(RNS) Donald and Evelyn Knapp own the Hitching Post Wedding Chapel in Coeur d’Alene, Idaho, where local officials say they could face misdemeanor charges for refusing to marry same-sex couples. RNS photo courtesy Alliance Defending Freedom.

Hitching Post a reminder that “We can do better”


By Corbin Croy

The Hitching Post, which is a shotgun wedding spot located right next to the court house in Coeur d’Alene, Idaho, is the recent target of homosexual discrimination. The Hitching Post is a for-profit business that is owned by a religious minister. The controversy is that as a business the Hitching Post should not discriminate against homosexuals, but as a minister, who has protected religious freedoms, he objects to marrying homosexuals.

Now, let me lay out my political biases here. I am a Libertarian. I will try to make these arguments according to a virtue theory of ethics which means that I will assume that I know what is best for each party, or what each party’s best interests are, and make my conclusions based on those assumptions. I will admit that I am somewhat of an idealist when it comes to matters like this and what I “wish” could happen will not likely happen, and so a real world solution might still be needed. That said, here is why I think both Christians and homosexuals can do better on this issue.

Christians can do better by actually making a good case for their position. Do they object to homosexuality because it is wrong, or because the Bible tells them it is wrong? Regardless of your fears and angst, I simply do not think we will ever be at that stage where the government is going to force churches to marry homosexuals. The problem, as was the problem with Hobby Lobby, is that we have for-profit companies trying to function like a church. Admittedly the problem is bigger then this, but for the Christian, this is the problem that you should understand. The law is the law, and to act like your religious duties exempt you from the law causes serious concern for the non-religious, and the religious practitioners of other faiths. Conservative Christians had no problem citing the illegality of children immigrants fleeing their country earlier this year, why can they not take their own medicine in other circumstances?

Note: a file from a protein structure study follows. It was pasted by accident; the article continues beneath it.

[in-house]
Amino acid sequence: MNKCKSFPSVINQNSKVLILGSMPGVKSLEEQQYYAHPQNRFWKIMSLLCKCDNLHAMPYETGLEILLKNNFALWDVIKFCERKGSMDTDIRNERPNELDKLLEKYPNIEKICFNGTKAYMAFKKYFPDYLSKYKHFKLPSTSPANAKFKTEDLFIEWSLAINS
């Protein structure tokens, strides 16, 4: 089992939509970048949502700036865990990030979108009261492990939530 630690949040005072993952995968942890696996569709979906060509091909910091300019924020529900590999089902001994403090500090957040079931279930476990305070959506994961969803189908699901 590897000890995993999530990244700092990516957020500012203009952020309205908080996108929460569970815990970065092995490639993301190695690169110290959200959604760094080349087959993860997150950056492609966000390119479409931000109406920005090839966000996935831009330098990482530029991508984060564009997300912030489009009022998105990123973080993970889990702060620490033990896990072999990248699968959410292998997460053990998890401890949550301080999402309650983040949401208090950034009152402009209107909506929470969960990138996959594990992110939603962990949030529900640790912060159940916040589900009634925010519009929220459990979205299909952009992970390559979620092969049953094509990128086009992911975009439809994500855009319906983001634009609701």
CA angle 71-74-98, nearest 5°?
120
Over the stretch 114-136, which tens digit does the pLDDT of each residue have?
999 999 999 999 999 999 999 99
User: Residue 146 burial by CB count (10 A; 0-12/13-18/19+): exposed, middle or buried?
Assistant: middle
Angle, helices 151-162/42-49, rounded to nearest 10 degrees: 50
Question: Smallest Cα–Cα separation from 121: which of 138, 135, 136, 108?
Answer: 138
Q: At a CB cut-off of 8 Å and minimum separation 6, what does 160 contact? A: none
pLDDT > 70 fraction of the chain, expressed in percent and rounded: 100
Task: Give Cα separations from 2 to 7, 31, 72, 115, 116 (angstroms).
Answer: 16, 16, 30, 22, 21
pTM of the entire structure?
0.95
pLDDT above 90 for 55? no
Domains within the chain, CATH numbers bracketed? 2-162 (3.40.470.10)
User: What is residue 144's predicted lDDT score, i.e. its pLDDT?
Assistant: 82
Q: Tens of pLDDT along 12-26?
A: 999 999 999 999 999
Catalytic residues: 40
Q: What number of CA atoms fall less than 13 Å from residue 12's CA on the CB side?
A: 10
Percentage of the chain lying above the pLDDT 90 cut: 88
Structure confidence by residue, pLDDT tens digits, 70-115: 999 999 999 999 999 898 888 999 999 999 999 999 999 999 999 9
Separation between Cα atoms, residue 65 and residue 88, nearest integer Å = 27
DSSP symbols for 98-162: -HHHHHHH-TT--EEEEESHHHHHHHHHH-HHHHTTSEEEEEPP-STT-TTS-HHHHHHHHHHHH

I get that the law is unfair. I disagree with discrimination laws. In all areas of life we are free to discriminate except in one: the law sees all people as equals. Now-a-days we try to make people’s belief and perspectives to be illegal. Should companies be allowed to discriminate in their hiring practices? Sure. Should companies be allowed to discriminate their customers based on natural non-volitional orientations? Absolutely! Why? Because, guess what? They cannot exist unless we give them our money. The market can more then handle these kinds of problems. Hiring practices, fair, and unsafe work environments can all be handled through labor unions. And if a company does not want to provide services to people of color, other religions, or gender then by God let them open themselves up for a whole bunch of competition. (Should medical and emergency services be non-discriminatory? Yes, but let’s not get too off track.)